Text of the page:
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Hawaiian Islands Synoptic Discussion and Guidance |
FXHW60 PHFO 260656
Area Forecast Discussion
National Weather Service Honolulu HI
856 PM HST Sat Mar 25 2017
A surface high to the north will move east through Monday, then
become nearly stationary far northeast of the islands. A ridge aloft
will remain over the islands through the middle of next week. By the
end of the week, a trough aloft and a front will approach from the
A 1026 MB high about 850 miles north of Honolulu near 34N 157W is
forecast to move east through the weekend, then become nearly
stationary early next week about 1500 miles northeast of Honolulu
near 35N 135W. A surface ridge extending west from the high will
remain north of the islands through the coming week. The high will
keep breezy trade winds blowing over the islands through the
weekend. A ridge aloft will remain over the main Hawaiian islands
through the weekend keeping the weather quite dry.
A trough aloft will move eastward to the north of the islands on
Monday. The surface high moving away to the east and the trough
aloft passing by will combine to weaken the trade winds Sunday night
through Monday. The trade winds will strengthen again on Tuesday,
but the trades won't get as breezy as they will be over the weekend.
The atmosphere will remain dry and stable through the middle of next
week, so rainfall will remain light.
Toward the end of next week a deep trough aloft and an associated
front will approach from the northwest. The surface ridge will shift
south closer to the islands and the atmosphere will become more
moist and less stable. Showers will likely become more active late
in the week.
Locally strong NE to E winds and a strong and low temperature
inversion will produce conditions favorable for low level
turbulence. AIRMET TANGO will remain up through at least Sunday for
OCNL MOD TURB southwest of the mountains of all island. Clouds and
showers will remain sparse, so VFR ceilings and visibilities will
Hazardous boating and beach conditions will continue into Monday
before trending down into mid week due to a combination of fresh to
strong trade winds and a large west-northwest (WNW; 310 deg) swell
that is currently building down the island chain this evening.
These conditions have led to a Small Craft Advisory for all Hawaiian
waters due to winds (25 to 30 kts, strongest in the channels) and/or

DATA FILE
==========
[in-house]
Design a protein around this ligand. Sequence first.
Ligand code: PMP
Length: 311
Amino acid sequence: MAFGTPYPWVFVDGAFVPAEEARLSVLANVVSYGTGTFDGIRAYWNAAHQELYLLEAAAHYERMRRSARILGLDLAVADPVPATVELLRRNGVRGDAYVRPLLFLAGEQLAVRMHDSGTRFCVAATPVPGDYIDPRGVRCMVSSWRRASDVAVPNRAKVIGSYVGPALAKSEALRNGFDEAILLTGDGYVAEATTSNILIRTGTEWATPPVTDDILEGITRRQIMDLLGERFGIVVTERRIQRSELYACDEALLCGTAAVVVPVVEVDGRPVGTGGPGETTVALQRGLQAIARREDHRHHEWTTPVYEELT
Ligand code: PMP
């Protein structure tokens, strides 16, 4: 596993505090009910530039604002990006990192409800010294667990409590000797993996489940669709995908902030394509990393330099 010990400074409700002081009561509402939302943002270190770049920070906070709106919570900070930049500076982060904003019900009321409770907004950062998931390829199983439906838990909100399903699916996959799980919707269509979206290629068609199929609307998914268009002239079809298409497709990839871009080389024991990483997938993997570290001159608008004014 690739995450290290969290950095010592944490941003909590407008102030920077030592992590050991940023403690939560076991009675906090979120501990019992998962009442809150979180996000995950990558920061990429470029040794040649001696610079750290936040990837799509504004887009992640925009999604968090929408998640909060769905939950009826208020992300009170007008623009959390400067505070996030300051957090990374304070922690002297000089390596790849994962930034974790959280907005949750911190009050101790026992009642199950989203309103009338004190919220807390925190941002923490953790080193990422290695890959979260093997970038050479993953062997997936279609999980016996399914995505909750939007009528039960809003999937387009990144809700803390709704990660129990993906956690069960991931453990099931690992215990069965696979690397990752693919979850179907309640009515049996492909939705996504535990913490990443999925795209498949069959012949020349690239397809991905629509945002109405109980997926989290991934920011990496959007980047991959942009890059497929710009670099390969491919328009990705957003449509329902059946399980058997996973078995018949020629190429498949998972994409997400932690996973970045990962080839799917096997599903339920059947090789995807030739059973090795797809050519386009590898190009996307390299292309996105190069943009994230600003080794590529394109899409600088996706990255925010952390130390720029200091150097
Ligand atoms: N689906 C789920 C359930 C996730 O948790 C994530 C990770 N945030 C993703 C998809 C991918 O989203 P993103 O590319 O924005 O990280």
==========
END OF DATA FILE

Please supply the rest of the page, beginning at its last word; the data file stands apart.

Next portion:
seas (10 ft or greater) through Sunday night. The large WNW swell
will generate life-threatening surf along exposed north and west
facing shores into Monday before slowly trending down into mid week.
A High Surf Warning remains in effect for Niihau, Kauai and the west
facing shores of the Big Island through Sunday night. A High Surf
Advisory remains in effect for exposed coasts on Oahu and the Maui
County islands through Sunday night. If heights climb above
predicted levels overnight, north facing shores of Oahu will need to
be included in the warning later tonight. Advisory-level surf will
likely continue through the day Monday along exposed north and west
facing shores before dipping below criteria.
For the building WNW swell, the latest PacIOOS nearshore buoy
observations are remaining in line with the latest wave model
guidance and are depicting swell heights ranging from seven to eight
feet at the Hanalei and Waimea buoys and down into the two to four
foot range at the Pauwela buoy. There was one random spike recorded
at the Waimea buoy up to 10 ft around 4 pm HST this afternoon, which
is the highest recorded thus far. The offshore buoys northwest of
Kauai are currently recording swell heights between 12 and 14 ft,
which is the predicted peak of this swell event.
Surf along east facing shores will remain small and choppy through
the upcoming week due to moderate to strong onshore winds
Surf along south facing shores could see a slight increase late
tonight through Sunday due to the previously discussed WNW swell
wrapping around the islands. A slight increase in surf along south
facing shores will also become a possibility Thursday through
Saturday due to a long-period swell (190 deg) associated with recent
activity across the southern Pacific.
For the outlook, another large long-period WNW (310 deg) swell will
be possible across the islands Thursday night through the weekend.
The latest deterministic and ensemble guidance remain in decent
agreement over the next few days and depict a storm-force low
developing off the coast of Japan Sunday night into Monday, then
tracking ENE to the Date Line Tuesday night into Wednesday while
intensifying (around 970 mb low). A large batch of gale-to-storm
force westerly winds focused toward the region through this time is
forecast with seas peaking within the 30 to 40 ft range.
Swell across the islands associated with this storm will likely lead
to another period of warning-level surf and advisory-level seas.
More details will follow in later packages this week as this system
evolves and confidence increases with regard to specifics on arrival
times and impacts.
High Surf Warning until 600 AM Monday for north and west facing
shores of Niihau and Kauai and west facing shores of the Big Island.
High Surf Advisory until 600 AM Monday for north and west facing
shores of Oahu and Molokai and north facing shores of Maui.
Small Craft Advisory through 600 AM Monday for all Hawaiian Waters.
Bulletins, Forecasts and Observations are courtesy of Honolulu National Weather Service Forecast Office
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It was last modified on: Wed, Dec 17 2014 - 1841 UTC
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